The idea of assisting at Mass always brings to mind an old adage (or perhaps quote? I forget the source).
“Don’t pray AT Mass–Pray THE Mass”
Different notions of what “active participation” really means is one of the core issues that define a Catholic as a “Traditionalist”. Many parishes have liturgy committees that really work to get the congregation to participate through singing, strong responses, and inducing a feeling of community. While these things are wonderful and necessary, they are by themselves entirely insufficient and only scratching the surface of the idea of “assisting at Mass”.
To REALLY say that you’ve assisted at Mass, sure you need to be able to say that you’ve sung the hymns and said the responses, but you also have to be able to say that you’ve MEANT every thought and word by uniting yourself (you’re WHOLE self, not just the part that sits in the pew and expels air over vocal cords in order to produce a joyful racket). This can be done a great number of ways, the simplest (and by far the most common I should think) is to contemplate the meaning of Mass and the representation of Calgary as it is played out before your eyes. Even the simple realization that it is JESUS in the priest’s hands at the Elevation(s) is a form of assisting at Mass.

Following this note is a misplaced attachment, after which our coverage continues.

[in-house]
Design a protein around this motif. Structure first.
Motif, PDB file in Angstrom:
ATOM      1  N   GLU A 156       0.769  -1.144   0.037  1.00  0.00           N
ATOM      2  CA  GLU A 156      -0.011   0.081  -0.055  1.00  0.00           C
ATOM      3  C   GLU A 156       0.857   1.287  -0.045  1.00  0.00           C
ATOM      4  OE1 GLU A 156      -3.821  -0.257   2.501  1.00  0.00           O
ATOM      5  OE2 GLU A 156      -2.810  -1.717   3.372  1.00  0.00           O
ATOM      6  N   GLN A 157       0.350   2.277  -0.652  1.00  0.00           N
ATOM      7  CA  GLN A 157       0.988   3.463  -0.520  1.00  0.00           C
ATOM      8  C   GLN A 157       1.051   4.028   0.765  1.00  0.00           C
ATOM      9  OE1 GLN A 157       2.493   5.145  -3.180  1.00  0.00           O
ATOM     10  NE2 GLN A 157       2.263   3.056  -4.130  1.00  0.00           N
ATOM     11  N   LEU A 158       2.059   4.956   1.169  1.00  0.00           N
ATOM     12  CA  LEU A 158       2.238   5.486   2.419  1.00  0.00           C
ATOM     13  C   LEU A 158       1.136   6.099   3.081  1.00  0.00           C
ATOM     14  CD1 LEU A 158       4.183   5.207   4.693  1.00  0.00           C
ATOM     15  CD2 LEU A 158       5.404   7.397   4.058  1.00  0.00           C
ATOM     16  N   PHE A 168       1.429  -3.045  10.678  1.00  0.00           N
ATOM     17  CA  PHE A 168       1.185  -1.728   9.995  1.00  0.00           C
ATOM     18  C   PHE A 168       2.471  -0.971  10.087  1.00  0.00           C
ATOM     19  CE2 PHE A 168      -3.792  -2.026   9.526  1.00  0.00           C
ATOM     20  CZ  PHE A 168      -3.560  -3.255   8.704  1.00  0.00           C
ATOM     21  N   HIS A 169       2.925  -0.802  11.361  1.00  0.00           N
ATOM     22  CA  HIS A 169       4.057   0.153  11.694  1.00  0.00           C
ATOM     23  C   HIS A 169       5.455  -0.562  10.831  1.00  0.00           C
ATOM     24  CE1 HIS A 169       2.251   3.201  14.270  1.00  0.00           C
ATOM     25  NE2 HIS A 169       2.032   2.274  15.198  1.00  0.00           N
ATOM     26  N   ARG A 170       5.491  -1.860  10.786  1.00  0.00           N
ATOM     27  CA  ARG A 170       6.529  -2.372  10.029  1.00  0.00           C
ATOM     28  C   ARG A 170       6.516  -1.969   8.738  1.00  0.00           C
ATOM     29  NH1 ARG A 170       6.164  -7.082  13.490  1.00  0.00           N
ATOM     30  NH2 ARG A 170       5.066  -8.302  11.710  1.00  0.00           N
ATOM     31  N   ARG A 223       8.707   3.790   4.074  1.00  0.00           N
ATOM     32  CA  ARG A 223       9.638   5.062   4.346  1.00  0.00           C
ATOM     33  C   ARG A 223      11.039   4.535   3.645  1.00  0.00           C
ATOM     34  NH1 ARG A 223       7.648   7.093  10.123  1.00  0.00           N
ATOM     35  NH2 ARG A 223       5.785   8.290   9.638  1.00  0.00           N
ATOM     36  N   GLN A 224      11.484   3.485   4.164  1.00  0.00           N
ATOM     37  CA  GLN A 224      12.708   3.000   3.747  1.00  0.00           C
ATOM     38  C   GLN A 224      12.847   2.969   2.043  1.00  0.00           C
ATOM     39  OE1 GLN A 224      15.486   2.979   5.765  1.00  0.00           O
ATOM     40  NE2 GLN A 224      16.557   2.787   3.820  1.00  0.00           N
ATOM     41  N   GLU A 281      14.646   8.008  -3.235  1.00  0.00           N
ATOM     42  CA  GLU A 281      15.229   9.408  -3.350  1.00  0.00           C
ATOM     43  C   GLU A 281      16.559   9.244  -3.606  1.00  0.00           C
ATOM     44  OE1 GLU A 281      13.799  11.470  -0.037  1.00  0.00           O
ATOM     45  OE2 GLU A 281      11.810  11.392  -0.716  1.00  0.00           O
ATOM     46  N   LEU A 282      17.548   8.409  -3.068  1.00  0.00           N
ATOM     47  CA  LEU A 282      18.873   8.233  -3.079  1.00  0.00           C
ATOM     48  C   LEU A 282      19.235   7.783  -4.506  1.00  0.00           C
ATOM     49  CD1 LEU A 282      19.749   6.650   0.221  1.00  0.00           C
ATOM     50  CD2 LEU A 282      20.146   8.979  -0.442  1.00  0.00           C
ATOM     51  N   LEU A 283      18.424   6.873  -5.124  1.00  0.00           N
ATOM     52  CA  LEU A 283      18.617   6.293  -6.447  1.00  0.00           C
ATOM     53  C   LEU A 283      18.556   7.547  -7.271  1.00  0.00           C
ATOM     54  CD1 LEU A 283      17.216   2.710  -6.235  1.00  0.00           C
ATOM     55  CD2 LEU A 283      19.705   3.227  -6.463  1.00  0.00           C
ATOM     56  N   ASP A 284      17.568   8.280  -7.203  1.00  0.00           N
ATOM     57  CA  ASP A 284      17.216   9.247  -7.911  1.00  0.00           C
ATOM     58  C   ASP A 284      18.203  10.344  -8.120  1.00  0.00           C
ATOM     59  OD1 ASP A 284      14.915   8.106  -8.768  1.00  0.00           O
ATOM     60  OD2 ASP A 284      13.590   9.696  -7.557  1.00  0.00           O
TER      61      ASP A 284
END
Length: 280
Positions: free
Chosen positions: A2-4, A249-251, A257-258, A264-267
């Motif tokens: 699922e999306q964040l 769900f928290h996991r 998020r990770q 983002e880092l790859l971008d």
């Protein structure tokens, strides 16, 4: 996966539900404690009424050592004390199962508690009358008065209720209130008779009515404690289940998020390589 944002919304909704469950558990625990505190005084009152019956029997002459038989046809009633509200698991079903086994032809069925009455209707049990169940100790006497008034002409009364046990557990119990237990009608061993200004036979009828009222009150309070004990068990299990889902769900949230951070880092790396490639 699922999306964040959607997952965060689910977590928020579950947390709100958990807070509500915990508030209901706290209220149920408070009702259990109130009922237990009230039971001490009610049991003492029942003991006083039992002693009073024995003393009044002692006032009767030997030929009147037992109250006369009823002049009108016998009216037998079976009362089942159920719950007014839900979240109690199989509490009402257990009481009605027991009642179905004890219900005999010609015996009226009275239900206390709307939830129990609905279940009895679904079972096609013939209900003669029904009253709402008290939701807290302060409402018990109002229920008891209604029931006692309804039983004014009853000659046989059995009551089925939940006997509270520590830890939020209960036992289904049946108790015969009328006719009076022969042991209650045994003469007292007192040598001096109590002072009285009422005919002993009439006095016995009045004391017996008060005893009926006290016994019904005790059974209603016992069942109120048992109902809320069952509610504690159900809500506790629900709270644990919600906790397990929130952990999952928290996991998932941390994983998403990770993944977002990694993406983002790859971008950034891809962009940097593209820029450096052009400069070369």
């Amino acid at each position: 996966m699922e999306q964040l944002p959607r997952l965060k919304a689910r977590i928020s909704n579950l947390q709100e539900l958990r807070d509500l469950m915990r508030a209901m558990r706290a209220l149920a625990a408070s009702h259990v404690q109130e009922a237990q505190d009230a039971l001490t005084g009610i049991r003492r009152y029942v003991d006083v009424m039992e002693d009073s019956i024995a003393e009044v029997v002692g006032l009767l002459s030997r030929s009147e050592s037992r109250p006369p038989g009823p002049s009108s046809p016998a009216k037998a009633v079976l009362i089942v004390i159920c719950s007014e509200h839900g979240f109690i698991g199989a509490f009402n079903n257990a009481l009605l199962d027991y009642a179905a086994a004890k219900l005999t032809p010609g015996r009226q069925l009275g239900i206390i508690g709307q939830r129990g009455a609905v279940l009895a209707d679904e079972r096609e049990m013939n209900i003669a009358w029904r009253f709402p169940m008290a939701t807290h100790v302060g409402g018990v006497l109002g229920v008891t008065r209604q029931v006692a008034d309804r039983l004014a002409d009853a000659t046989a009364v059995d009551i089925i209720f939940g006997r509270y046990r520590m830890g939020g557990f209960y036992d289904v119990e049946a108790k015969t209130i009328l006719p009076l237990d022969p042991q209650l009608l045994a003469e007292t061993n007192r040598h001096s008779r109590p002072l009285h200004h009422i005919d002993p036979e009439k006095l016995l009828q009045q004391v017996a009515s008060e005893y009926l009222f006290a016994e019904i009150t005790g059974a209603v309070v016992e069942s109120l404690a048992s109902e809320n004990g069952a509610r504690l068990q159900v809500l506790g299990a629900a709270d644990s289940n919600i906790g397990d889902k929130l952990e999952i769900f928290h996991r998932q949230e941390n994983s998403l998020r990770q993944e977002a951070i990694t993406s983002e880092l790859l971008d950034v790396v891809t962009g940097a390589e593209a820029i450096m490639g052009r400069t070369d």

I guess that the Catholic ideal of worship being a quiet and contemplative spiritual event really comes from Matthew 6:5 - “And when you pray, do not be like the hypocrites, for they love to pray standing in the synagogues and on the street corners to be seen by men. I tell you the truth, they have received their reward in full.” To me, this verse screams the notion that active prayer is private and internal, and as Catholics, we take that private and internal prayer into our Liturgies which by virtue of the nature of the Mass leaves us with an invitation to unite ourselves with the priest and God through a contemplatively prayerful attitude during the Mass.
I think I could say much more on “assisting at Mass,” but I’ve already said more than what I originally set out to.